Avoid nullable "foreign keys". They have multiple disadvantages.
The constraint on a referencing row is not always enforced when the foreign key contains a null. However, that default behaviour is not consistent between different DBMSs. Some DBMSs support configuration options to change the behaviour of nullable foreign keys and some do not. SQL developers and users may therefore be unclear about what a nullable foreign key constraint actually means from a data integrity perspective. Porting the database between DBMS products or even between different servers using the same product could give inconsistent results.
Database design tools, integration tools and other software don't always support them correctly and the results they produce may be wrong.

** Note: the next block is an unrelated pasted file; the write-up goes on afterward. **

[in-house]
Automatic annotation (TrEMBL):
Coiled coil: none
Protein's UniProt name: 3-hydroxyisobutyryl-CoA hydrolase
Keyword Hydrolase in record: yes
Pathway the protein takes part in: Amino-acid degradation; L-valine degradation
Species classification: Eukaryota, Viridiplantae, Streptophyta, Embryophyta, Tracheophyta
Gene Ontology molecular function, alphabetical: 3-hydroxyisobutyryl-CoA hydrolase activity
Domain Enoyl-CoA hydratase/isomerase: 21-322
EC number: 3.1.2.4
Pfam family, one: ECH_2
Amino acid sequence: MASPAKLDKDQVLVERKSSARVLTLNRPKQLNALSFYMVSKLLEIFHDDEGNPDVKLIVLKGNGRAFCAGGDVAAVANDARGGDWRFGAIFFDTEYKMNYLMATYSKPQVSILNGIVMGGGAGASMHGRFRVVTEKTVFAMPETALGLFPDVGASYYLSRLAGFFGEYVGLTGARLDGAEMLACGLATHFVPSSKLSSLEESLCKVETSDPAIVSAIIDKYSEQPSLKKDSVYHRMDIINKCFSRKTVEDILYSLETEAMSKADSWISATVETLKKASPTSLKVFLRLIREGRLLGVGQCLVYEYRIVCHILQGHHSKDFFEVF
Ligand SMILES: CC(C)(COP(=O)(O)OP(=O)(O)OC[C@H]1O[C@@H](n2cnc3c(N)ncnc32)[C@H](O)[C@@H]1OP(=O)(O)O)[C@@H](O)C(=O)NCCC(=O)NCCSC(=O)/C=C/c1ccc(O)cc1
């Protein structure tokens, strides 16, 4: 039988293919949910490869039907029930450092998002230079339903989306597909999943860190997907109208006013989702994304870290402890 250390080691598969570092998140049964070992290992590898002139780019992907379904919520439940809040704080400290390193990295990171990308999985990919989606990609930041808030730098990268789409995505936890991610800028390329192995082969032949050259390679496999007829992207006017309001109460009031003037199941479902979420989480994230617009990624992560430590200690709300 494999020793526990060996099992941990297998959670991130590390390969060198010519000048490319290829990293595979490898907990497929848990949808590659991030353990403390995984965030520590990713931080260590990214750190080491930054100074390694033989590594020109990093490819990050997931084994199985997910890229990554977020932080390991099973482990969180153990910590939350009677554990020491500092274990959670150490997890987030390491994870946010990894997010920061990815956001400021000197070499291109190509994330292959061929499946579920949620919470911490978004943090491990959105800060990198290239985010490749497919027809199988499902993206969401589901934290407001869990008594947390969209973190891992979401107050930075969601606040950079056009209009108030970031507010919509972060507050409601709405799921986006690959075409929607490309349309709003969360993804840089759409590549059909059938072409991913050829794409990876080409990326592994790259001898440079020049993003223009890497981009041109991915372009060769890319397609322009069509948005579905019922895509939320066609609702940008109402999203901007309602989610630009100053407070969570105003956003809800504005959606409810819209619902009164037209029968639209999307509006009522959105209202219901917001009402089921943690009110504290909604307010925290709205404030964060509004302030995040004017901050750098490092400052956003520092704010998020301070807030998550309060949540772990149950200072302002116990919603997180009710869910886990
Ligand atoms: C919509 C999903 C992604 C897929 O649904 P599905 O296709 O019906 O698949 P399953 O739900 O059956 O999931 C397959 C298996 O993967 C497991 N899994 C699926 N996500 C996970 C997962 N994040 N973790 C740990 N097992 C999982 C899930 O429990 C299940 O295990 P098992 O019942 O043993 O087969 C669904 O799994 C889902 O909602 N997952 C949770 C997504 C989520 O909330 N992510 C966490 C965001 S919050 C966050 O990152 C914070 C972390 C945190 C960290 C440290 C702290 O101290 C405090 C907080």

Foreign keys are frequently used in joins and other query logic, compounding the problems for users who think the constraint is in effect when it isn't.
In logical terms, a nullable "foreign key" constraint doesn't make much logical sense. According to the SQL standard such a constraint may not be violated even if the table being referenced is empty. That contradicts one of the most common alleged justifications for using a null - that it represents the "unknown" case. If there are no valid values of X then any "unknown" X certainly cannot be a valid value - and yet SQL will permit it.
It's unnecessary. You can always construct the tables so that a null isn't needed. In the interests of simplicity and accuracy it is therefore better to leave nulls out than put them in.